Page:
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Apple’s new App Store rules create loopholes for xCloud, Stadia and more

Apple has released new rules for the App Store in an attempt to address many of the issues that have arisen over Apple’s management of its digital storefront for iPhone devices, with updates for game streaming services, new rules for online classes and fewer restrictions on purchases in app on free email apps, which was the focus of Apple’s previous controversy with Hey.

Leading the changes is an explicit decision by game streaming services like Google Stadia or Microsoft’s xCloud, as Apple tells CNBC is recently allowed – but the new rules show that each game must also be downloaded “directly from the App Store”

;, and each game update must be sent to Apple separately before a company can stream it to users. This means that Microsoft or Google cannot build a single, superior xCloud or Stadia app that includes access to all the games.

But they can offer individual games in the App Store as separate software using streaming technology, Apple confirms The Verge. They do not need to create a complete download game running locally on the iPhone – thin clients and hybrid streaming apps are OK now. If they want a unified place for players to find these games, cloud game providers like Google and Microsoft can build directory-style apps that collect and link to the individual apps as well.

Of course, all of these game streaming apps will still be subject to Apple’s usual App Store rules, including the company’s controversial 30 percent cut, which is currently the subject of Apple’s ongoing battle with Epic Games.

Microsoft and Google had to radically change their proposed business models and jump through many hurdles to get their cloud services on the iPhone this way. There are enough hangers, it almost feels like Apple designed the rules so that it can seem benevolent while still keeping xCloud and Stadia out. (For its part, Apple tells us that it’s really looking forward to game developers putting cloud games in store.)

While Google declined to comment on these changes, Microsoft directly rejects Apple’s proposal. Here is the company’s statement:

This is still a bad experience for customers. Players will jump directly into a game from their curated catalog in one app, just as they do with movies or songs, and will not be forced to download over 100 apps to play individual games from the cloud. We are committed to putting players at the center of everything we do, and providing a great experience is the core of this mission.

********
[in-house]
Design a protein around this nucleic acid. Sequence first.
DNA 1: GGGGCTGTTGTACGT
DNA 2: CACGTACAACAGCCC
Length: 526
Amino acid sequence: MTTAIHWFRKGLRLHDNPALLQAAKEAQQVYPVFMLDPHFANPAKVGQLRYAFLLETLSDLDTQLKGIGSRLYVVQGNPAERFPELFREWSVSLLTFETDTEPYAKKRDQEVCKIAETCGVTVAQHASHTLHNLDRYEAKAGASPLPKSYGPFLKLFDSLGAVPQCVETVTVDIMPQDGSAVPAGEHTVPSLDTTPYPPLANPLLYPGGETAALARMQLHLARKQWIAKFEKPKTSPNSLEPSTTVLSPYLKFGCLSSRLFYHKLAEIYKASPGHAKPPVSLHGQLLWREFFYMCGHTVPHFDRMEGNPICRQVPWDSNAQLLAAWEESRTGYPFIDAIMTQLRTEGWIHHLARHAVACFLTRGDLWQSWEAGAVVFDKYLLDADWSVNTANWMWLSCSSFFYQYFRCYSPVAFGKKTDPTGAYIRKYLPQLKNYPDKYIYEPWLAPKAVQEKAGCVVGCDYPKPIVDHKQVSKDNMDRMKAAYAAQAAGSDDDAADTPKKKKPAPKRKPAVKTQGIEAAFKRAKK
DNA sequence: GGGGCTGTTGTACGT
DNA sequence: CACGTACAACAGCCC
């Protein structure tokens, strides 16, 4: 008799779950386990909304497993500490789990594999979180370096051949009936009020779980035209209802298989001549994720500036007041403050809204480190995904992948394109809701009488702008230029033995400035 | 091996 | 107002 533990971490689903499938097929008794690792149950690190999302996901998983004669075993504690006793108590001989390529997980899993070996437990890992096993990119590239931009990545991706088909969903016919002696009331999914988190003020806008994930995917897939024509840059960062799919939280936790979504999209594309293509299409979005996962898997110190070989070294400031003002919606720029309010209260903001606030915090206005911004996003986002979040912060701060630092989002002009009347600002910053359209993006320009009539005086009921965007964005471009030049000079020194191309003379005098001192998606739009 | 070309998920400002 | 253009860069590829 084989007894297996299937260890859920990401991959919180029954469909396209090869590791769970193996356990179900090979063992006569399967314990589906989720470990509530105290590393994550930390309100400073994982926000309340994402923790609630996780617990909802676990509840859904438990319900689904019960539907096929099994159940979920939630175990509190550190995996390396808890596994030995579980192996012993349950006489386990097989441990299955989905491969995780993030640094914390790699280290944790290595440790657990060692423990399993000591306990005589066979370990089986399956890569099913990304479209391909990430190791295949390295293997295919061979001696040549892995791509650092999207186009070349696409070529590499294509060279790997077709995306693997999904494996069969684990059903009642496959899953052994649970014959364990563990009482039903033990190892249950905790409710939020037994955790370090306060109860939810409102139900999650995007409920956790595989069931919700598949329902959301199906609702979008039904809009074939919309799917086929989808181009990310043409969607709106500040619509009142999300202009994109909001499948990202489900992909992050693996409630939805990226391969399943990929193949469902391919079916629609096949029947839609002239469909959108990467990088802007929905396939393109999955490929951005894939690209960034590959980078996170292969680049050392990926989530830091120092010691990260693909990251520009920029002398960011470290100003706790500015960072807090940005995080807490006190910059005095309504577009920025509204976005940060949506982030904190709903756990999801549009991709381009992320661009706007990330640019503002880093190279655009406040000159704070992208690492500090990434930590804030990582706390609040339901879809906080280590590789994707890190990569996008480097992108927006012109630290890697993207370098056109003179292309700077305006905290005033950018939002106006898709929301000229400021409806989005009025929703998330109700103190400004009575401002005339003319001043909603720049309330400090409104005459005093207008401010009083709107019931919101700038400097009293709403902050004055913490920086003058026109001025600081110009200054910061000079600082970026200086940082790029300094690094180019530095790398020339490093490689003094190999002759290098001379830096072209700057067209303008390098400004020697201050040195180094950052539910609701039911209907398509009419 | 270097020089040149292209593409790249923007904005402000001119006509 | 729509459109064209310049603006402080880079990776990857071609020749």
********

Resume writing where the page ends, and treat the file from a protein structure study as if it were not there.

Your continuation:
Nvidia, which so far has not been able to bring the GeForce Now service to iOS either, also declined to comment.

Here are Apple’s full guidelines for “streaming games”, although some reviews also appear elsewhere in Apple’s revised rules:

4.9 Streaming games

Streaming games are allowed as long as they comply with all guidelines – for example, every game update must be submitted for review, developers must provide appropriate search metadata, games must be purchased in the app to unlock features or functionality, etc. Of course, it is always open Internet and browser apps to reach all users outside the App Store.

4.9.1 Each streaming game must be submitted to the App Store as an individual app, so that it has an App Store product page, appears in charts and searches, has user ratings and reviews, can be managed with ScreenTime and other parental controls, is displayed on the user’s device, and so on.

4.9.2 Streaming game services may offer a catalog app in the App Store to help users sign up for the service and find the games on the App Store, provided that the app complies with all policies, including offering users the option to pay for a subscription with in-app purchases and use Sign in with Apple. All games included in the catalog app must link to a single App Store product page.

Also clarified in the updated rules: whether digital training or tutorials must be invoiced through the App Store (with Apple’s cuts). Under the new guidelines, “one-to-one experiences” do not need to be billed via the App Store, but “one-to-few or one-to-many services” require the regular in-app purchases.

Finally, Rule 3.1.3 (f) also adds a formal exception for “free apps that act as a stand-alone companion to a paid online tool”, a category that Apple says includes VOIP, cloud storage, email services and web hosting applications, which is now exempt from having to use Apple’s in-app purchases for subscriptions. Like the other rules, there are warnings: developers can not offer in-app purchases or include a call to action to buy elsewhere – even if Apple clarified to The Verge that it is about calls for action built-in app. Developers should theoretically still be free to advertise their app purchases on their own website.

The new rule here comes after Apple’s messy battle with the Basecamp-developed email app Hey, which initially saw the updates rejected – and then released back in the App Store – due to battles over whether it was necessary to use Apple’s in-app purchasing system ( and its fee of 30 percent). It was another battle with WordPress where the completely free app was apparently forced to add in-app purchases until Apple was pulled down and apologized for “any confusion we’ve caused.” Under the new rule, it appears that the original implementation of the Hey email app was allowed without the changes that the company had to add to the free version of the app to get Apple to approve it.

Here’s Apple’s full change history for the App Store.

Update, 1:50 PM ET: Added Google no comments.

Correction, 14:00 ET: Basecamp is the developer of Hey, not Bandcamp. We regret this mistake.

Update, 14:53 ET: Added no comments to Nvidia.

Update, 16:20 ET: Added Apple confirmations and clarifications, and Microsoft’s statement.

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